Bank borrowing constraints and the demand for trade credit: evidence from panel data
AbstractMonetary policy contractions exacerbate credit constraints stemming from asymmetric information, incentive problems and limited collateral. During such periods financial intermediaries reduce the supply of credit to smaller businesses. Although trade credit is a less desirable alternative of corporate financing, it may play a special role in alleviating credit rationing. This paper is an empirical investigation of the interaction of monetary policy, credit market conditions and corporate financing over the business cycle. It provides a simple test of the existence of a credit channel of monetary policy transmissions. Using individual firm data we find that during periods of tight money the proportion of bank-borrowing constrained firms increases. Borrowing constrained films are found to substitute away from bank credit to trade credit. Such evidence supports the existence of a credit channel of monetary policy transmission: firms do not voluntarily cut bank loans (e.g. because of demand slowdown) since they increase their demand for a less desirable alternative (trade credit). Copyright © 2003 John Wiley & Sons, Ltd.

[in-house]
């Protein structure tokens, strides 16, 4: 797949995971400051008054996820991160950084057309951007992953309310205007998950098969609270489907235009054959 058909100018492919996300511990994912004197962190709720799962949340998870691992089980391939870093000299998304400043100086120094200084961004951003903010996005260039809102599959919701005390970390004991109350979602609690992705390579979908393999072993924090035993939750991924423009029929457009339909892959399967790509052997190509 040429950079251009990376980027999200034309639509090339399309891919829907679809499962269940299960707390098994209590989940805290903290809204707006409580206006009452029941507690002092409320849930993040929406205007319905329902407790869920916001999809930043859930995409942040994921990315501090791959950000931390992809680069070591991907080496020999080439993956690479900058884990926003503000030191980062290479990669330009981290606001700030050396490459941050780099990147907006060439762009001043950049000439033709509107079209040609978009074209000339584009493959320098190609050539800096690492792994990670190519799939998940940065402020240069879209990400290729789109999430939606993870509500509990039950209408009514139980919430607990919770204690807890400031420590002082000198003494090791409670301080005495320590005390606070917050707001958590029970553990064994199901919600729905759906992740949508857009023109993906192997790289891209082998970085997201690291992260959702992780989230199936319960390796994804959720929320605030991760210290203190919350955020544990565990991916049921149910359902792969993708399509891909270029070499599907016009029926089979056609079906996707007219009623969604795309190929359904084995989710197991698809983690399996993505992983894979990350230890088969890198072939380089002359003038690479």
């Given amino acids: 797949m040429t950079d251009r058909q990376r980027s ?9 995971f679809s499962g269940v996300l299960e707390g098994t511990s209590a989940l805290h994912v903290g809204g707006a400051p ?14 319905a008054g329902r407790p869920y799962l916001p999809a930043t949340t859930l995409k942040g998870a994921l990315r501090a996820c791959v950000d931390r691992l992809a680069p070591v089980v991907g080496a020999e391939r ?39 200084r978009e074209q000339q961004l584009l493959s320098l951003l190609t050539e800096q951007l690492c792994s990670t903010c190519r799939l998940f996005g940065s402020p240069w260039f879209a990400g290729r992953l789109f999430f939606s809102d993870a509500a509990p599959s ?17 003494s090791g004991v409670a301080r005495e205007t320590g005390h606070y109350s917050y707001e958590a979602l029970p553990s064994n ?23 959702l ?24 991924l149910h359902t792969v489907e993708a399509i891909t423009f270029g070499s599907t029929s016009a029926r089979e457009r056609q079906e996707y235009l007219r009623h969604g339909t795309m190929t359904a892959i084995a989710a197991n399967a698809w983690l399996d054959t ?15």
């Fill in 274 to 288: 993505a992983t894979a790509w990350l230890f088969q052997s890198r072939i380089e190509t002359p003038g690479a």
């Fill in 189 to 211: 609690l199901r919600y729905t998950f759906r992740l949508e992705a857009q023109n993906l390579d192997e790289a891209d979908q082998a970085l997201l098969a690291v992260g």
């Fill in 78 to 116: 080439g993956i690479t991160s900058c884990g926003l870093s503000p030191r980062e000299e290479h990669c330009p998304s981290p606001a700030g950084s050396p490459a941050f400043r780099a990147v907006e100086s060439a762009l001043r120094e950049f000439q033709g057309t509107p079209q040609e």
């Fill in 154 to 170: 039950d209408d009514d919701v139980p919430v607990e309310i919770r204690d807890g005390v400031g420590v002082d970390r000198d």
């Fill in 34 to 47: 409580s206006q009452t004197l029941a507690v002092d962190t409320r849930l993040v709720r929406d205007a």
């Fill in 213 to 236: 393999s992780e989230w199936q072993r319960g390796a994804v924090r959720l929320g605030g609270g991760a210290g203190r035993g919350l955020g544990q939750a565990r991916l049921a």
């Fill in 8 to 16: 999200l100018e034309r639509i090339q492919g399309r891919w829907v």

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Bibliographic InfoArticle provided by John Wiley & Sons, Ltd. in its journal Managerial and Decision Economics.
Volume (Year): 24 (2003)
Issue (Month): 6-7 ()
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Web page: http://www3.interscience.wiley.com/cgi-bin/jhome/7976
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